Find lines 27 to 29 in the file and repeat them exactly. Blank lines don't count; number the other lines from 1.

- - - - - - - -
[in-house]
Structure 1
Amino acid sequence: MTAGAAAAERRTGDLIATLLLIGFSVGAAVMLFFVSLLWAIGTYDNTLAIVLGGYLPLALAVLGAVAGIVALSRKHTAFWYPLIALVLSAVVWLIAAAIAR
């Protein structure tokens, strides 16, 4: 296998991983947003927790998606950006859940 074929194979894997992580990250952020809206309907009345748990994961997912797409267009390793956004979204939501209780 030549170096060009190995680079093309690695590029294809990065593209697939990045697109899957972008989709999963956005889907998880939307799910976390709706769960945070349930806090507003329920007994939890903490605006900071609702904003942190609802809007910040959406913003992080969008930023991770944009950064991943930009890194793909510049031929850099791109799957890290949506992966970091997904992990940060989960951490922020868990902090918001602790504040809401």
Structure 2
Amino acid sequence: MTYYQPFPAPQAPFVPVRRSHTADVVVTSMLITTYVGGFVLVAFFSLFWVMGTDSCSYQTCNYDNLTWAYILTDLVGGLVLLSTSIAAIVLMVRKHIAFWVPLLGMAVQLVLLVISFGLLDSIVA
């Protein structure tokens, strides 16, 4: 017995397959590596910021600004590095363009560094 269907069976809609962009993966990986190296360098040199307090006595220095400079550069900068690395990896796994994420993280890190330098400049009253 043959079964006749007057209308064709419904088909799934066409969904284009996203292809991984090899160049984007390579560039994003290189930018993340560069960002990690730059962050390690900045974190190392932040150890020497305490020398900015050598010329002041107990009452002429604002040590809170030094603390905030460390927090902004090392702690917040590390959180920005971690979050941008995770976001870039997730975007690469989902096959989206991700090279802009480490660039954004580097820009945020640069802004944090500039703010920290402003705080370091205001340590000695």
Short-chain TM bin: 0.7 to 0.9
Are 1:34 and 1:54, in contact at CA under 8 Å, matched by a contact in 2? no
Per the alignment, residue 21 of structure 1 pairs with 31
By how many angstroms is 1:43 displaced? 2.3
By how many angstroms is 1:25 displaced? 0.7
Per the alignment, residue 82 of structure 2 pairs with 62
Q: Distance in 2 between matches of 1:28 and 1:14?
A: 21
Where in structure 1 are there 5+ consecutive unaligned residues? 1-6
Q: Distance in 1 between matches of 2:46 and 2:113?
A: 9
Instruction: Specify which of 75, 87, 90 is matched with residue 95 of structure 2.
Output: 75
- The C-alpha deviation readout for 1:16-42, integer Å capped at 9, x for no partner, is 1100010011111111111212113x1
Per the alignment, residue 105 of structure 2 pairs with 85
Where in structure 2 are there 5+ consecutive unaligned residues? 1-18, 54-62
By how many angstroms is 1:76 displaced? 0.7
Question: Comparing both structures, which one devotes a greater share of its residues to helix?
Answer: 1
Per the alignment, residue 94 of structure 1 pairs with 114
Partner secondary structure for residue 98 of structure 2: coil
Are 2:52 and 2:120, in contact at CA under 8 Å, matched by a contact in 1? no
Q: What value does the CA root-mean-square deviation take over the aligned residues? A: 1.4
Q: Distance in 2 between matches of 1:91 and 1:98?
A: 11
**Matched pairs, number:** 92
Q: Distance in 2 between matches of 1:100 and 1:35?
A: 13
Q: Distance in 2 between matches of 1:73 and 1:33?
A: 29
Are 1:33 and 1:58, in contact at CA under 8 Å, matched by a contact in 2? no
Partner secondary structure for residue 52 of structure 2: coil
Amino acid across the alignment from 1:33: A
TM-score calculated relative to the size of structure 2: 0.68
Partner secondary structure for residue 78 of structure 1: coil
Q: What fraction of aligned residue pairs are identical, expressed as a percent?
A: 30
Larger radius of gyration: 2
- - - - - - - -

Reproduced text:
Per the alignment, residue 94 of structure 1 pairs with 114
Partner secondary structure for residue 98 of structure 2: coil
Are 2:52 and 2:120, in contact at CA under 8 Å, matched by a contact in 1? no